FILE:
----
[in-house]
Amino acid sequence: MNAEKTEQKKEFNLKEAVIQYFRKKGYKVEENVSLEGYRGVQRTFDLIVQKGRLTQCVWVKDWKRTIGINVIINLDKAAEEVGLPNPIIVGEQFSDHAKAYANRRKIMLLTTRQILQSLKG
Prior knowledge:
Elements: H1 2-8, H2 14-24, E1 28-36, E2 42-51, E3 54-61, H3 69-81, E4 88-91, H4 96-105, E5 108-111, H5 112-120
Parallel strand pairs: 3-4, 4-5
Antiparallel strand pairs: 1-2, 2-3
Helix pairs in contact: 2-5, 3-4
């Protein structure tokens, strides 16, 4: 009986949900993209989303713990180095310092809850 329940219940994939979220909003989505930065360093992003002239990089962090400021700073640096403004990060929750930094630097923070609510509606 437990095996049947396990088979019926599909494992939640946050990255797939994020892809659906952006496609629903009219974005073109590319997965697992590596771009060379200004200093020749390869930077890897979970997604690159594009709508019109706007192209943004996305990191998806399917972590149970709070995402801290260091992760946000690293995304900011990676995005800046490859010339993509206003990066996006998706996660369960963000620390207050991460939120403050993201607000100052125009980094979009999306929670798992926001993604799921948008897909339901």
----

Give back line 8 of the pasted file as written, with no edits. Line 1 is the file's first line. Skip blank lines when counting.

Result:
């Protein structure tokens, strides 16, 4: 009986949900993209989303713990180095310092809850 329940219940994939979220909003989505930065360093992003002239990089962090400021700073640096403004990060929750930094630097923070609510509606 437990095996049947396990088979019926599909494992939640946050990255797939994020892809659906952006496609629903009219974005073109590319997965697992590596771009060379200004200093020749390869930077890897979970997604690159594009709508019109706007192209943004996305990191998806399917972590149970709070995402801290260091992760946000690293995304900011990676995005800046490859010339993509206003990066996006998706996660369960963000620390207050991460939120403050993201607000100052125009980094979009999306929670798992926001993604799921948008897909339901």